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TENS

TENS – Dennis McMasters, OT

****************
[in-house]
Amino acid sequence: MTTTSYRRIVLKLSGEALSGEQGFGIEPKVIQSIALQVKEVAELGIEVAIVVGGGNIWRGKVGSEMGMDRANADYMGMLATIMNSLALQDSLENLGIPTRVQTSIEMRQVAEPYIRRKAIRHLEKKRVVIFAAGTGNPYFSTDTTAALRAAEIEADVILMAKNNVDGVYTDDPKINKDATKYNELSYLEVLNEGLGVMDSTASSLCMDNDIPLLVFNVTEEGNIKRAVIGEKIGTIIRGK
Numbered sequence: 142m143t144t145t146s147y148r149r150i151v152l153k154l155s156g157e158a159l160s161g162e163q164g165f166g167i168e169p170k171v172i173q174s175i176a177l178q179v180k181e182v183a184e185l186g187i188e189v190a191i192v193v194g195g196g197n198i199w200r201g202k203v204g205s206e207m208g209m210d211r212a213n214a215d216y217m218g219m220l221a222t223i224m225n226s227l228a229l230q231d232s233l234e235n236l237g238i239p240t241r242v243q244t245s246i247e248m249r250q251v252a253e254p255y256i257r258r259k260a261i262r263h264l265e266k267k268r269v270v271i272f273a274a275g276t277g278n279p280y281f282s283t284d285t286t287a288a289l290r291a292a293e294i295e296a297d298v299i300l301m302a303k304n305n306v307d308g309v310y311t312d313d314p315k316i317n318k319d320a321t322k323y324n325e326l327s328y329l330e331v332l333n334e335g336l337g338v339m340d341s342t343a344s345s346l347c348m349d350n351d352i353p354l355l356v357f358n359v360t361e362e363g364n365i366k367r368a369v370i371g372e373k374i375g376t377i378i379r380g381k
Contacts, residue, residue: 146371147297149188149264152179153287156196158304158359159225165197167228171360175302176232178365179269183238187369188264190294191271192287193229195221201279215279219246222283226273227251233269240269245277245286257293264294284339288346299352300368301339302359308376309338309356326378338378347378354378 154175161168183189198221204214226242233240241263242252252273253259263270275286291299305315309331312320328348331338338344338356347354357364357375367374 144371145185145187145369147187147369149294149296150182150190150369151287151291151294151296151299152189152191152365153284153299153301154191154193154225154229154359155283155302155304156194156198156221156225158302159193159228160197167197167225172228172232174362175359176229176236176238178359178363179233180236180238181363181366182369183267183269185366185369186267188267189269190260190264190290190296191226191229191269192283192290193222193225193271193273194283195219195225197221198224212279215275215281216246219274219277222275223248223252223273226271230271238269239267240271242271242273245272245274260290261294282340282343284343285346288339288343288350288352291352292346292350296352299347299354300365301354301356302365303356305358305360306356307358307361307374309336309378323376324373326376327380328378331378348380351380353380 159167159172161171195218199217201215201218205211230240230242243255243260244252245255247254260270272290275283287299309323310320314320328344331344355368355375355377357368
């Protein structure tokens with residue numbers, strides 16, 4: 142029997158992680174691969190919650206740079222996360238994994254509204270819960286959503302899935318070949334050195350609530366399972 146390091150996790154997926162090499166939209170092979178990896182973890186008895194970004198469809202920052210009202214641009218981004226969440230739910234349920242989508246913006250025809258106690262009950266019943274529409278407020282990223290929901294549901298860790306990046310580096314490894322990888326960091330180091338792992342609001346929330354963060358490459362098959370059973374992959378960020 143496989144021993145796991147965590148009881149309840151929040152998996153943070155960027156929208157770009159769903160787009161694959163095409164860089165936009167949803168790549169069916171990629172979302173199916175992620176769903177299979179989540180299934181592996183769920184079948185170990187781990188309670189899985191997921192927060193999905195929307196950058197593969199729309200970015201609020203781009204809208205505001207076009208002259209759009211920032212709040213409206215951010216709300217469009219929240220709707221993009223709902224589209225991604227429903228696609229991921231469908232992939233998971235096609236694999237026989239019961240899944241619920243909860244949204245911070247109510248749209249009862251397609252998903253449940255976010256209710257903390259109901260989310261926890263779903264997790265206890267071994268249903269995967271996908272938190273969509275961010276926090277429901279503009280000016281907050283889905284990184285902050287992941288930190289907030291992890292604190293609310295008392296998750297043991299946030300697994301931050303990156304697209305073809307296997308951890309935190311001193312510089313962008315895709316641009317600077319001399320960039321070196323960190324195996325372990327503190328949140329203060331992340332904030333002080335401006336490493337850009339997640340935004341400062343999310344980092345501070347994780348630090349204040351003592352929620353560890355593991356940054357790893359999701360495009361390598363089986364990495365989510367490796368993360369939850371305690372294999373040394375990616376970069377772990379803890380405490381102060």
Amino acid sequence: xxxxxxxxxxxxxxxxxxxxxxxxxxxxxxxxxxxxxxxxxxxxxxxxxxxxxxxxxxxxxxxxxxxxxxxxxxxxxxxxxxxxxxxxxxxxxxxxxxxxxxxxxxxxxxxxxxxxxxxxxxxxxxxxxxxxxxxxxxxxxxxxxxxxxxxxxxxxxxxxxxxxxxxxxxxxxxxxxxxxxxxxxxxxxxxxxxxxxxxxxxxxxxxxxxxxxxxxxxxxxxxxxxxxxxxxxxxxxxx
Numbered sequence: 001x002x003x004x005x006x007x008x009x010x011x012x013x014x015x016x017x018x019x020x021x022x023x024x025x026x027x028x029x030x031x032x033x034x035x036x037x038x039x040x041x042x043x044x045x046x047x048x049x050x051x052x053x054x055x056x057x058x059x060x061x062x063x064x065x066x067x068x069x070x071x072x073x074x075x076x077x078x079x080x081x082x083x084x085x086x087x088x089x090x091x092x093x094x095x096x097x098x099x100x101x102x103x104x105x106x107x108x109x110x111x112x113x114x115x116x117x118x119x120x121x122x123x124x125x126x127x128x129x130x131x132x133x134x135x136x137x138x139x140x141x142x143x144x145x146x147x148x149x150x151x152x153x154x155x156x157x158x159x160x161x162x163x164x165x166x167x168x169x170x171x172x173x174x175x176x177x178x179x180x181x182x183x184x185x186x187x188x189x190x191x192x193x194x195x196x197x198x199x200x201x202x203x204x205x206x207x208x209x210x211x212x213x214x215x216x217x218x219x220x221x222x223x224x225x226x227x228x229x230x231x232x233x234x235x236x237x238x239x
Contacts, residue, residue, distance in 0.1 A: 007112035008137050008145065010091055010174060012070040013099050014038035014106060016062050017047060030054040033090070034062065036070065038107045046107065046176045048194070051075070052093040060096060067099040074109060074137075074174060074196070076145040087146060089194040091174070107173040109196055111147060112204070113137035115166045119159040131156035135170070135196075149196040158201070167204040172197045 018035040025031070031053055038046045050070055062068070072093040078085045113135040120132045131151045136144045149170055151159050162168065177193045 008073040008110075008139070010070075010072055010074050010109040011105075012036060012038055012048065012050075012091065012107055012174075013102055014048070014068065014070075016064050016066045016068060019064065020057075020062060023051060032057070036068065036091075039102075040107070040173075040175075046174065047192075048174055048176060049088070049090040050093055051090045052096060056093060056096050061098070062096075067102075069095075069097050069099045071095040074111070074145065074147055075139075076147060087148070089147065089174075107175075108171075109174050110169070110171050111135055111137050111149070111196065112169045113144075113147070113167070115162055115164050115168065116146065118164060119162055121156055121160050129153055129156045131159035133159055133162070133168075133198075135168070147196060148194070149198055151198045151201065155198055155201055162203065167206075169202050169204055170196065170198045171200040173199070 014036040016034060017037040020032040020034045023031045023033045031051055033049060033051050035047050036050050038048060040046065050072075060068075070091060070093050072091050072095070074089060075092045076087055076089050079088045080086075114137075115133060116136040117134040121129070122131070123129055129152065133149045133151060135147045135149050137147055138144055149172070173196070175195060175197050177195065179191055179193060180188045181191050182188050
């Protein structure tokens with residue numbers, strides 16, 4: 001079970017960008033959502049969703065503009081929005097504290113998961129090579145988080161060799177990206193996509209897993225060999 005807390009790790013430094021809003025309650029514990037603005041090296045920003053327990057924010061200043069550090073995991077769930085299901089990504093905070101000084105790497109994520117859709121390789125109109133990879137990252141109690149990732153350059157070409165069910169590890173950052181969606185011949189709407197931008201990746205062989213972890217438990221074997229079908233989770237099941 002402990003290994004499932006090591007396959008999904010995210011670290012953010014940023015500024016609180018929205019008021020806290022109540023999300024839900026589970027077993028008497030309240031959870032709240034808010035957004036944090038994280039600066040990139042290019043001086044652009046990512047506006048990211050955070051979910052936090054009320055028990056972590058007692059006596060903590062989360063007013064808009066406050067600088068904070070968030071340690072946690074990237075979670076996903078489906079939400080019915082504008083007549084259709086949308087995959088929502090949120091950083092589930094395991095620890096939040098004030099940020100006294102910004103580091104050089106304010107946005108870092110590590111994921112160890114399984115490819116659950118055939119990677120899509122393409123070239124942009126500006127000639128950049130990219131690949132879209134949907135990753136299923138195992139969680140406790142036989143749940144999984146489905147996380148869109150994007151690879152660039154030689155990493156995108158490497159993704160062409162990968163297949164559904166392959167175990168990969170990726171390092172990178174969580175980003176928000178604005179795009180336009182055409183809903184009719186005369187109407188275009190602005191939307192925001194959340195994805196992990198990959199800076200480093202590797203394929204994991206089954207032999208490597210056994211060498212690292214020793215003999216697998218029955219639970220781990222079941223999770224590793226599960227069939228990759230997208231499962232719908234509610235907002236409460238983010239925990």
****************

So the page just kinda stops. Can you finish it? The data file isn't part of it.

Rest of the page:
Transcutaneous Electrical Nerve Stimulation (TENS) is the application of electrical stimulation for pain control, that applies low-voltage electrical impulses to the nervous system using surface electrodes. TENS is used as a component of pain management that provides the therapist with a technology to provide an analgesic (absence of pain) effect that facilitates greater independence with activities of daily living for patients. The four types of stimulation commonly used are: Subsensory(microcurrent) which is applied for pain, depression, anxiety; Sensory(conventional) applied for chronic pain during occupational tasks; Motor level, applied for longer lasting pain relief and joint mobilization;  Noxious, applied for wound debridement, painful procedures, passive stretch and used when other forms listed above have been in-effective. Interferential Electrical Stimulation (IFS) is another type of current than can penetrate deeper skin and tissue. IFS uses two medium frequency currents which are passed through the tissue simulataneously so that their waves cross and intersect causing them to interfere with each other. The four primary applications for IFS are: pain relief, muscle stimulation, increase blood flow and edema control. Electrode placement for the use of TENS & IFS usually use motor points, trigger points and acupuncture points. The most common adverse reactions to the use of TENS & IFS with patients is skin irritation. Patients who have sensitivity to adhesive electrodes are the most susceptible. Electrodes can be placed unilateral, bilateral or contralateral to the painful site. Some of the main contraindications to the use/application of TENS or IFS are: pacemakers, not on abdomen or trunk of pregnant women, over the eye, individuals with epilepsy, malignancies, decreased sensation, over the carotid sinus or transcerebrally. TENS & IFS can be a safe and effective adjunct or alternative to pain medication or surgical interventions to modulate pain so the patients can increase or continue their independence with activities of daily living. Please consult the following resources are a more indepth discussion for the use of TENS & IFS: “Physical Agent Modalities “ by Dr. Alfred G. Bracciano and “Physical Agents in Rehabilitation” by Dr. Michelle H. Cameron.